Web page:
The first terrarium was developed by botanist Nathaniel Bagshaw Ward in 1842. Ward had an interest in observing insect behaviour and accidentally left one of the jars unattended. A fern spore in the jar grew, germinated into a plant, and the terrarium was born.    The trend quickly spread in the Victorian era amongst the English and hardly a self-respecting Victorian household was without one. Instead of the terrarium, it was known as the Wardian Case. The story goes that Ward hired carpenters to build his Wardian Cases to export native British plants to Sydney, Australia. After months of travel, the plants arrived well and thriving. Likewise, plants from Australia were sent to London using the same \\\\\\\lo;''''''''''''''''''''''''fvyyyt0\\\\\\\\./ethod and Ward received his Australian plants in perfect condition.                         His experiment indicated that plants can be sealed in glass without ventilation and continue thriving. For the first time, horticulturists were able to bring back tropical plants well-protected from salt air and changing climatic conditions during the long sea voyage.  Ward's terrariums also became popular for growing the plants, and it became almost a domestic necessity.               Wardian cases grew into miniature Taj Mahals and Brighton Pavilions, perfect vehicles for the contemporary love of elaborate ornamentation as well as living plants. The Wardian case was fashionable in the United States in the early 1860s. Today's Terrariums, no longer have the need to keep our plants away from cold and polluted air but with the dry air of our modern air conditioning, many plants have difficulty thriving without a great deal of attention. Terrariums allow us to keep plants easily in our homes and apartments while creating an environment which requires very little care.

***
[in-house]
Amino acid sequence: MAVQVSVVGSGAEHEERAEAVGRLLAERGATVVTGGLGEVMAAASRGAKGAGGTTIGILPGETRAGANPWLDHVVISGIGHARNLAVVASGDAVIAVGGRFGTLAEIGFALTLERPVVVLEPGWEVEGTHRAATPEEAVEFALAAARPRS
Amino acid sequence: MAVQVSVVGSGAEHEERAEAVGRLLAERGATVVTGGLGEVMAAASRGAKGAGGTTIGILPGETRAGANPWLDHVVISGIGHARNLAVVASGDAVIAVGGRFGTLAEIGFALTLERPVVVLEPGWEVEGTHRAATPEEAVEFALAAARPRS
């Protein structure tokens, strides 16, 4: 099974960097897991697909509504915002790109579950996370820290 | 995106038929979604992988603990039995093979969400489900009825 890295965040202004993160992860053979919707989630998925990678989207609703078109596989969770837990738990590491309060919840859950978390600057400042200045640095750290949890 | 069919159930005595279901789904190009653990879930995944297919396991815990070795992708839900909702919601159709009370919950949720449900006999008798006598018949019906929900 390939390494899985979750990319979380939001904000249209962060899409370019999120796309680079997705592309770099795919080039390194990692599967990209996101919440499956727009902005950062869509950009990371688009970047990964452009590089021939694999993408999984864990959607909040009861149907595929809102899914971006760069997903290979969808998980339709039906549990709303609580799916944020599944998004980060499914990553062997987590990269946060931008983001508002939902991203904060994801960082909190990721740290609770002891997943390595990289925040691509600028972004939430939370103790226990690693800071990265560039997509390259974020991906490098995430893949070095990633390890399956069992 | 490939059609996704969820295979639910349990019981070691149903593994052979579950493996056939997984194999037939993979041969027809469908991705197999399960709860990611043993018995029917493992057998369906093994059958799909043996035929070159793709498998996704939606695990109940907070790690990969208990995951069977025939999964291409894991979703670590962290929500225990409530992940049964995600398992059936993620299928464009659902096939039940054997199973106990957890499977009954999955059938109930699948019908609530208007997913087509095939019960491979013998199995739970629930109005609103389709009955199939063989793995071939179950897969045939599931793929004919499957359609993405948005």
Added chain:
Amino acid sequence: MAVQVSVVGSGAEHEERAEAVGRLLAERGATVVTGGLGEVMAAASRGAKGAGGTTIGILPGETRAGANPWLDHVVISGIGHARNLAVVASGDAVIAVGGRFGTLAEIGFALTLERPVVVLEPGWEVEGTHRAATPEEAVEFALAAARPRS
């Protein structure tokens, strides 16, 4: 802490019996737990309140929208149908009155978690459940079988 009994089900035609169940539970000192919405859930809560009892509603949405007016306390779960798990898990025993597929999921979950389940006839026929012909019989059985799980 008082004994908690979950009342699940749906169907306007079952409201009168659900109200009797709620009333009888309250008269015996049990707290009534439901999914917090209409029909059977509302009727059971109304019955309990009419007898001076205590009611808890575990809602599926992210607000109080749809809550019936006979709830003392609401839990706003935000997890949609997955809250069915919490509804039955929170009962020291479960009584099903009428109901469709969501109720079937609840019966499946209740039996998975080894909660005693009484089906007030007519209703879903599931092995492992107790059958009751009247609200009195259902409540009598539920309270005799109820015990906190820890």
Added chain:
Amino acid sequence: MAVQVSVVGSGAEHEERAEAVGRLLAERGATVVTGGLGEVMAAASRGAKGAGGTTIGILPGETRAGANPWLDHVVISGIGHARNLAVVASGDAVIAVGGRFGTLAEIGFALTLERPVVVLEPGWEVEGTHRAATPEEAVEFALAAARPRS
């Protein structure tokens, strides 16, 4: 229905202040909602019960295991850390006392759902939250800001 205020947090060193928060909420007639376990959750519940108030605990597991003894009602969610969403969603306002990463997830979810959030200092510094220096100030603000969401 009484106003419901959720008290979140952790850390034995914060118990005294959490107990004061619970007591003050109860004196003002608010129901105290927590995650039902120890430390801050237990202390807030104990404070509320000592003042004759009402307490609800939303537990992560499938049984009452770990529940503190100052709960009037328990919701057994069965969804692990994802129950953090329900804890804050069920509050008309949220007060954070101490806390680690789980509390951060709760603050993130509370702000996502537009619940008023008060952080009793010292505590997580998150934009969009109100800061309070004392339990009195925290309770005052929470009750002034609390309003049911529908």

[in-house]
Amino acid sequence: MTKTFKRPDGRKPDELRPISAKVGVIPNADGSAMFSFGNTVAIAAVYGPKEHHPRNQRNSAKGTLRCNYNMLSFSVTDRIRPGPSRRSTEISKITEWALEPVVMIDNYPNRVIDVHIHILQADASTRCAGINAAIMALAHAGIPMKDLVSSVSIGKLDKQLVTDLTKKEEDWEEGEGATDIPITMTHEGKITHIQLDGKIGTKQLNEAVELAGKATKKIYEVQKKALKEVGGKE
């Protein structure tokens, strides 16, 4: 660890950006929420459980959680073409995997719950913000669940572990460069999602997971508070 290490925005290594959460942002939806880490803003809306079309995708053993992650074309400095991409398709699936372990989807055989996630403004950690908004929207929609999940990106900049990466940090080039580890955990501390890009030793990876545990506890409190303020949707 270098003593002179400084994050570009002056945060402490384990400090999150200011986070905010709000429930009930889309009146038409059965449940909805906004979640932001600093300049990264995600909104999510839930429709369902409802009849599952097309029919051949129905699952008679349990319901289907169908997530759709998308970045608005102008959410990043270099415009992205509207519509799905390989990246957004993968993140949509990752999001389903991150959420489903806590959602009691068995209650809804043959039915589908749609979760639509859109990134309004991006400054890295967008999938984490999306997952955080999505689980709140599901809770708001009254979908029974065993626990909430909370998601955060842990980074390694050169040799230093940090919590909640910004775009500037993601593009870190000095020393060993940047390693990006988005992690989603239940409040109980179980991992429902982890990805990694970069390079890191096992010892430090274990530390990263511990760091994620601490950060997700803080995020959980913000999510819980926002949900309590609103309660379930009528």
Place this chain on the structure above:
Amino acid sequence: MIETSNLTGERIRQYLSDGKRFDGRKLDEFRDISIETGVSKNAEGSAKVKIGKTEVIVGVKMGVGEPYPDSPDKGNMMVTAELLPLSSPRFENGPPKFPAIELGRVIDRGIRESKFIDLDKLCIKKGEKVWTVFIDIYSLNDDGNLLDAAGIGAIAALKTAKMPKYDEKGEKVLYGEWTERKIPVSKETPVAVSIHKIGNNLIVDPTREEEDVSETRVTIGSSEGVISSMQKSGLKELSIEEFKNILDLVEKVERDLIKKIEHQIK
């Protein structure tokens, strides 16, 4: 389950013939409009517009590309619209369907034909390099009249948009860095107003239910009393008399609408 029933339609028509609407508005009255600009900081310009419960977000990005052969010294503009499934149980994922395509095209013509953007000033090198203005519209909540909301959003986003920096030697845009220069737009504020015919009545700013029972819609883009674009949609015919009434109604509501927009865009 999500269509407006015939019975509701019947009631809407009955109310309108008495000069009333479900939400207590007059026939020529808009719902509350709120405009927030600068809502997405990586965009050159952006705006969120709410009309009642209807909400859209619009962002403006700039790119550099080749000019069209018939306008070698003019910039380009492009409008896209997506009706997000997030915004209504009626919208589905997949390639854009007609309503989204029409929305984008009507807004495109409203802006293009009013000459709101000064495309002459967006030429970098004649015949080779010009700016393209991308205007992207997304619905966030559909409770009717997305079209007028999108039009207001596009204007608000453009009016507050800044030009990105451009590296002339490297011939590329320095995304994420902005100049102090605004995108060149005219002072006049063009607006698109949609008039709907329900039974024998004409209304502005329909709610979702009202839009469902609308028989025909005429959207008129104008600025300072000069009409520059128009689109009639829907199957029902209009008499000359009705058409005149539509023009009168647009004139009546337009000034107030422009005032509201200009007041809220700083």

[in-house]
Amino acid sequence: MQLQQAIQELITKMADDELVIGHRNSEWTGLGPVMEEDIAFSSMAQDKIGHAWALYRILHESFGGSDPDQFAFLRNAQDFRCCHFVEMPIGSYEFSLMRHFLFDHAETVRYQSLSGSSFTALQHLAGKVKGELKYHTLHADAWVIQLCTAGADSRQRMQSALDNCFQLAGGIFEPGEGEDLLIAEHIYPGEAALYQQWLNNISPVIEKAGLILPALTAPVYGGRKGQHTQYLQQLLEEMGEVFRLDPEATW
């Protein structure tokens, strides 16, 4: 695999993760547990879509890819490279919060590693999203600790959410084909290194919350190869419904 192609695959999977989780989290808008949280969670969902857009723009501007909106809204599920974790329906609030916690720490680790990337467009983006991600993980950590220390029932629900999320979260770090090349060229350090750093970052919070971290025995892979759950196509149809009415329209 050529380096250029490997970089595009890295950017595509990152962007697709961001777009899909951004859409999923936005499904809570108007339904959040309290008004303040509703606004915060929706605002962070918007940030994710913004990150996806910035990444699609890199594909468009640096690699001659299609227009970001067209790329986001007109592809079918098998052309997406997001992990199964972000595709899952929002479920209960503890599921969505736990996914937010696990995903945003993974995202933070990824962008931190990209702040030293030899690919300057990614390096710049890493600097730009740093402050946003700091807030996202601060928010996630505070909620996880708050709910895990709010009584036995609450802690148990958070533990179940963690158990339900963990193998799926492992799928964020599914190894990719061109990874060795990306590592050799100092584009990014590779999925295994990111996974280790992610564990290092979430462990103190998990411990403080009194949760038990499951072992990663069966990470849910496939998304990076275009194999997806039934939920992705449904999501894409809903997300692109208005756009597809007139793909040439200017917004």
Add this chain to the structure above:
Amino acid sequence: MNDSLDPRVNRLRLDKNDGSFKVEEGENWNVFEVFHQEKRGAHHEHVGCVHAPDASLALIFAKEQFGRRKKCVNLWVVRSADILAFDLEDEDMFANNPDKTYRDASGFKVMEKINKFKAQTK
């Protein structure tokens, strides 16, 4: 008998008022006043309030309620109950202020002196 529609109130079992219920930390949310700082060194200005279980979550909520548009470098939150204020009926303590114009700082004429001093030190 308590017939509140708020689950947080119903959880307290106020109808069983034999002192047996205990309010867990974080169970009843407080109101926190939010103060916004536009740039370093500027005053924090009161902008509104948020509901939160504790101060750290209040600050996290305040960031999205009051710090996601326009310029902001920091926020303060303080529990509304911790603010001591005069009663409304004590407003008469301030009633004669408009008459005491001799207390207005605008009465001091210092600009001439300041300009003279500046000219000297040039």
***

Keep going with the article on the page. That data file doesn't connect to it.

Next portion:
Nathaniel Bagshaw Ward

Nathaniel Bagshaw Ward

Wardian Case

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